JL: As I have said in my article, “remember that conspiracy theories have great currency-and are sometimes true.” Although, I do not believe that the Iranian Revolution was the product of a Western alliance to get rid of the Shah, I believe to some extent, Iranians having been “subject tohistorical forces out of their control or comprehension, have some reasons to believe in such theories. …’ ‘these forces were never benevolent and were willing to use violence, terror, bribery and subversion-including recruiting Iranian agents –in pursing of their ends and in destroying Iranians’ attempts to control their own destiny”. However, in this case, I do not think our government was clever enough to do such a thing. And to what end anyway?
*Amirentezam’s spouse, Elaheh, (see photo) in a letter accuses Abbas Abdi of playing up the allegations against her husband which subsequently led to the charges that resulted in his incarceration. She writes: “Mr. Abdi’s view that Amirentezam has committed a crime for which he must face a sentence is very questionable….. The judiciary has never used the term political crime, and today, even 20 years later, there is no real definition as such. Mr. Abdi knows that the charges were one-sided and fabricated by the students, the followers of Imam’s line. These charges were made 18 years ago by him and their friends. At that time, in an unjust court of law, my husband was handed down a sentence without a jury, without a defense attorney. He could not defend himself against these accusations. In reality, one cannot condemn the actions of a youngster who was responsible for this plan and who himself was one of the perpetrators at the time, but today he must answer and be accountable for his past actions. …. ..I suggest to Mr. Abdi , to once and for all, in his time of solitude, be truthful to himself and reflect on his past actions, the ones he and his friends undertook in that small room at the Embassy in December 1979 by degrading , insulting and using anti-human and violent actions against my husband. In addition, Mr. Abdi and his colleagues and those with the same mindset, should be accountable. They should realize that while the basis of a new [democratic] society was being formed, by committing these illegal actions, they helped to contribute and grow the seeds of violence, hatred and friction in our society. How is it that now they all talk about the rule of law and are against violence? Mr. Abdi must be held accountable and he should realize that there are some wrongs that cannot be eradicated or forgotten. In an attempt to change their ways, they [the new reformists] should be aware that it takes a long time to reap what they sowed….
Elsewhere he says: if these allegations were incorrect and baseless, then the Americans would have reacted in some way!”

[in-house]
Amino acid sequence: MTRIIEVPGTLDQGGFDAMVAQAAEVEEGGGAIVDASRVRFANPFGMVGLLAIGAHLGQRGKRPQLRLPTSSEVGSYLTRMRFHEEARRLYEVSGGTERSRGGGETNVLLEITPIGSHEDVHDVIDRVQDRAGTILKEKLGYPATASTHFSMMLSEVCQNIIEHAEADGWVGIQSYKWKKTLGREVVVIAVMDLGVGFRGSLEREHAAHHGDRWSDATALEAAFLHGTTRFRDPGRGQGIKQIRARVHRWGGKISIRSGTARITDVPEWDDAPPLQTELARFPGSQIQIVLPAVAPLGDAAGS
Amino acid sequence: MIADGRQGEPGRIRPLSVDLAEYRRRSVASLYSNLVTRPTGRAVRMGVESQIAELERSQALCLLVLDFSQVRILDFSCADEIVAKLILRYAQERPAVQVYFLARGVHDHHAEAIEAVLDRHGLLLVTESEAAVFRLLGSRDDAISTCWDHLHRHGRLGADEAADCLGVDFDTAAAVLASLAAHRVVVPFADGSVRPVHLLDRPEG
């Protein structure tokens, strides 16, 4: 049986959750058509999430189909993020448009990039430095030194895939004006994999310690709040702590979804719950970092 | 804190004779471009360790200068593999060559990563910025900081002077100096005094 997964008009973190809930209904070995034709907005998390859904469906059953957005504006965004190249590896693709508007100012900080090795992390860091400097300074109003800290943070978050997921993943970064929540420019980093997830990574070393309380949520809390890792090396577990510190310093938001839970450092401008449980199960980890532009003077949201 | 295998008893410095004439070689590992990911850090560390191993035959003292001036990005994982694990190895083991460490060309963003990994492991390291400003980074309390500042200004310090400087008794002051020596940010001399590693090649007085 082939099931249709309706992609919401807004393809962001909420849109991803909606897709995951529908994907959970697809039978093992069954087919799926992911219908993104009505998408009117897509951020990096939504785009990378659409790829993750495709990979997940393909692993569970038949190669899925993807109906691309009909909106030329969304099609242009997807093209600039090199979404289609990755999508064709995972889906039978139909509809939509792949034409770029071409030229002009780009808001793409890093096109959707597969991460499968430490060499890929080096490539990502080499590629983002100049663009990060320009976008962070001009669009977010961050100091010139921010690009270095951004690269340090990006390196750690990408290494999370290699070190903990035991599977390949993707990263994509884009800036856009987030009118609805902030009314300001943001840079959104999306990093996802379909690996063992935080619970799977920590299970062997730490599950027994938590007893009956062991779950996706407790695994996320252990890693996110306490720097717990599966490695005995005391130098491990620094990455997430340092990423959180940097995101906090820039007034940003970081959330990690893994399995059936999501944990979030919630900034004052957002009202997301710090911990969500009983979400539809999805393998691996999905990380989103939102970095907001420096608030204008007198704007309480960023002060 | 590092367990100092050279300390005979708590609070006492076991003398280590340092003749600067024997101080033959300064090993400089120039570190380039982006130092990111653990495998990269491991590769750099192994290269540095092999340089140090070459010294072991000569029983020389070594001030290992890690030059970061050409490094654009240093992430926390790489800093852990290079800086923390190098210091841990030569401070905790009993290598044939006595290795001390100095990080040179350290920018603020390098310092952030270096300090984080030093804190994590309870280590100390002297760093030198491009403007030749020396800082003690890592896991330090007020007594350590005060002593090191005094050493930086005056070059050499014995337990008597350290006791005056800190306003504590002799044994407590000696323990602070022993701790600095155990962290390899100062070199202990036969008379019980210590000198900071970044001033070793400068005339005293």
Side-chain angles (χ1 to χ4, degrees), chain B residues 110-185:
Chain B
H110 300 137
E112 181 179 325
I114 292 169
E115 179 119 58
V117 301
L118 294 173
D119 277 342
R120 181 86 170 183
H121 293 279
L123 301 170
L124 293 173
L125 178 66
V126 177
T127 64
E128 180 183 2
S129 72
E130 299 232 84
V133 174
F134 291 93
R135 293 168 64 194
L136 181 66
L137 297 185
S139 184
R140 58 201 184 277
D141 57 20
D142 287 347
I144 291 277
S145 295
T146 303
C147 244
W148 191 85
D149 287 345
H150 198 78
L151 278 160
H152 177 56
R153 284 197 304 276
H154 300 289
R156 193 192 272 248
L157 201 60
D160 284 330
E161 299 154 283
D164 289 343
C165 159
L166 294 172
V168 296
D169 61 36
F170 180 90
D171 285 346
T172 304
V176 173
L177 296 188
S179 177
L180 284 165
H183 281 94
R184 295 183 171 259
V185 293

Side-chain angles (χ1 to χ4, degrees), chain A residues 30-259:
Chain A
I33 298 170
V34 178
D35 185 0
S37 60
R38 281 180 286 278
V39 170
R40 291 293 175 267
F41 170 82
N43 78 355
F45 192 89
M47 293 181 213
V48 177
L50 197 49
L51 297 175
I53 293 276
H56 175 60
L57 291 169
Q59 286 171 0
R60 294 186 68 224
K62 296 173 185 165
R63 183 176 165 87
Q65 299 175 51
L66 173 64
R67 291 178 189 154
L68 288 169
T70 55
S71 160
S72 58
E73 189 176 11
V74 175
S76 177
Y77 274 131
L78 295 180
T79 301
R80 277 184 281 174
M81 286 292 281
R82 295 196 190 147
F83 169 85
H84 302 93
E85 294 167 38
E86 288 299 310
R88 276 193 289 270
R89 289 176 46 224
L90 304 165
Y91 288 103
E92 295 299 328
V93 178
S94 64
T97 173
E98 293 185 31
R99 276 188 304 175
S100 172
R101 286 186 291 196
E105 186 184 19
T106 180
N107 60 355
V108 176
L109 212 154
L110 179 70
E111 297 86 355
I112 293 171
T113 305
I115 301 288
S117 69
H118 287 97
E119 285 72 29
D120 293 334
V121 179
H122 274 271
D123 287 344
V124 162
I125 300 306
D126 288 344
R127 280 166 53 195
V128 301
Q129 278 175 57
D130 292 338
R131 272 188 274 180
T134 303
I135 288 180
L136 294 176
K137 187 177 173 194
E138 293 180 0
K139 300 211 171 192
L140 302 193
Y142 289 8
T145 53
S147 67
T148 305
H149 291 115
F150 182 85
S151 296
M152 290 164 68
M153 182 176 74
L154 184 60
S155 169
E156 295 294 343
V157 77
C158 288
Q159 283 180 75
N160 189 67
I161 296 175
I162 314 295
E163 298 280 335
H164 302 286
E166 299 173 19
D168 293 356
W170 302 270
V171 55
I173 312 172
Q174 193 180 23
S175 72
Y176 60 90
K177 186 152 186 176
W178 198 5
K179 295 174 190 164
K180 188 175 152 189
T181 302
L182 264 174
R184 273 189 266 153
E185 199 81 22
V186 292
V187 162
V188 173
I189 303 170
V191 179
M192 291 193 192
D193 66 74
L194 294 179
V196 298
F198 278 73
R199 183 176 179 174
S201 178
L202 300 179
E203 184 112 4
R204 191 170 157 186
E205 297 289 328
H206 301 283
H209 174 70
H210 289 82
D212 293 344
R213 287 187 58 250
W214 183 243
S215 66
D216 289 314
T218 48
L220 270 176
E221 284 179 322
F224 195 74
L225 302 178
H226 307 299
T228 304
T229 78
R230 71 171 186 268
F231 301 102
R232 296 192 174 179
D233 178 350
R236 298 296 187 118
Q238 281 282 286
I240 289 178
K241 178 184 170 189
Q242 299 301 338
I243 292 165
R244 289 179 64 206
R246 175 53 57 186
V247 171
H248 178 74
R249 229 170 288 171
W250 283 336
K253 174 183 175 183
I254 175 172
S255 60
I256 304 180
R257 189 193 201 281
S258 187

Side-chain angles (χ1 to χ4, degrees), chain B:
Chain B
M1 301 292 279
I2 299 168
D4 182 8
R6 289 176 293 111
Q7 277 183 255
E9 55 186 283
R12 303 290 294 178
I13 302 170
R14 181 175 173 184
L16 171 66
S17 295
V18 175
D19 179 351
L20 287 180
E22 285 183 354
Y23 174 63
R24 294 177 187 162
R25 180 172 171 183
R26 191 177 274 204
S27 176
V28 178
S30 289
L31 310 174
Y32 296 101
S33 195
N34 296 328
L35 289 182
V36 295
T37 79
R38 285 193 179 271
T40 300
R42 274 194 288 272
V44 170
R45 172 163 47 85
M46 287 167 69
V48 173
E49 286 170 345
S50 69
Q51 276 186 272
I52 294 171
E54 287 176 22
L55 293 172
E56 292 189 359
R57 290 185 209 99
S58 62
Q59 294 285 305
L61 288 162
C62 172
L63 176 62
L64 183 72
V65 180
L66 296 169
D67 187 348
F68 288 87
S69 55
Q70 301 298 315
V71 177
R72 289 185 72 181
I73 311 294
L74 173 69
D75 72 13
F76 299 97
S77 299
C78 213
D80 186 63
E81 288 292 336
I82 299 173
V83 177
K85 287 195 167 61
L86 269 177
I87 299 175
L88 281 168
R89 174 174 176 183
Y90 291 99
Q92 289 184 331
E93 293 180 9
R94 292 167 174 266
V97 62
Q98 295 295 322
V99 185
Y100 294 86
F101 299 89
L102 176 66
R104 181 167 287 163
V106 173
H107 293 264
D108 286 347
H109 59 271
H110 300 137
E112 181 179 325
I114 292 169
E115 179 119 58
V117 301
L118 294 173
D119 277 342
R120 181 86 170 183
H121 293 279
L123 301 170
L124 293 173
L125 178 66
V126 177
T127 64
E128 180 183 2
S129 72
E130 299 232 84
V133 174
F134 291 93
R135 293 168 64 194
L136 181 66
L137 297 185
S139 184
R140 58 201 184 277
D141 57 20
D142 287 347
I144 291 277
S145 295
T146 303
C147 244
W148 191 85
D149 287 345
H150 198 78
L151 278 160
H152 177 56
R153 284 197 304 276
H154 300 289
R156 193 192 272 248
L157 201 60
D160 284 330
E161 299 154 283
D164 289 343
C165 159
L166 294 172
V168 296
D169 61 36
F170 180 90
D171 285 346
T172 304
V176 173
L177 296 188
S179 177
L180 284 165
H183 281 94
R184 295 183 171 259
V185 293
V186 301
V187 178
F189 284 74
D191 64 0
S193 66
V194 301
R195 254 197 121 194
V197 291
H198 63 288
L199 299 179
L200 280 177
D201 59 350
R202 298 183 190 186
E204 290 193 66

From a letter by Elaheh Mizani Amirentezam to the editor of Arya Newspaper, Esfand 1377 Feb/March 1998- No 168 – in Untold aspects of the Iranian Revolution: Conversation between Roozbeh Mirebrahimi and Abbas Amirentezam (Paris, Khavaran, 2008) pp. 337-338
* Note from the translator, F. Amini: Abbas Abdi believed that under the circumstances, a sentence of five years would have been justified for Abbas Amirentezam. Abbas Amirentezam has spent more than two decades of his life in and out of prison and has never been given a public trial or been vindicated.
* Terence O’Donnell -1924-2001- was a self educated American who traveled the world and ended up in Iran in 1960. He stayed there for 15 years, teaching English in Isfahan and Shiraz. He rented and settled in a rundown estate and made it into a prosperous farm and lived there alone only with his assistant Mamdali and his family. He wrote thousands of pages of journals which later turned into many books and articles among them Garden of the Brave in War and Seven Shades of Memory. In reviewing the latter, someone wrote the following: “As a person who also lived in Iran in the 1970’s, I was particularly interested in the stories in this book. However, it would be of interest to anyone because the stories are evocative and the prose style is simple yet stunningly beautiful. This book is an absolute gem.”
O’Donnell later went back to his hometown of Portland and was active in the Oregon Historical Society. He died in March 2001. When he became ill, he was told that the Iranian American community in Portland wanted to honor him by dedicating a plaque in his name. He first hesitated but then he accepted the gesture and said that they can write the following on it: “He was a friend of the Persians.” The plaque now adorns a park near the small apartment where he lived. Terence O’Donnell was an American who loved Iran and the Iranian people until the very end.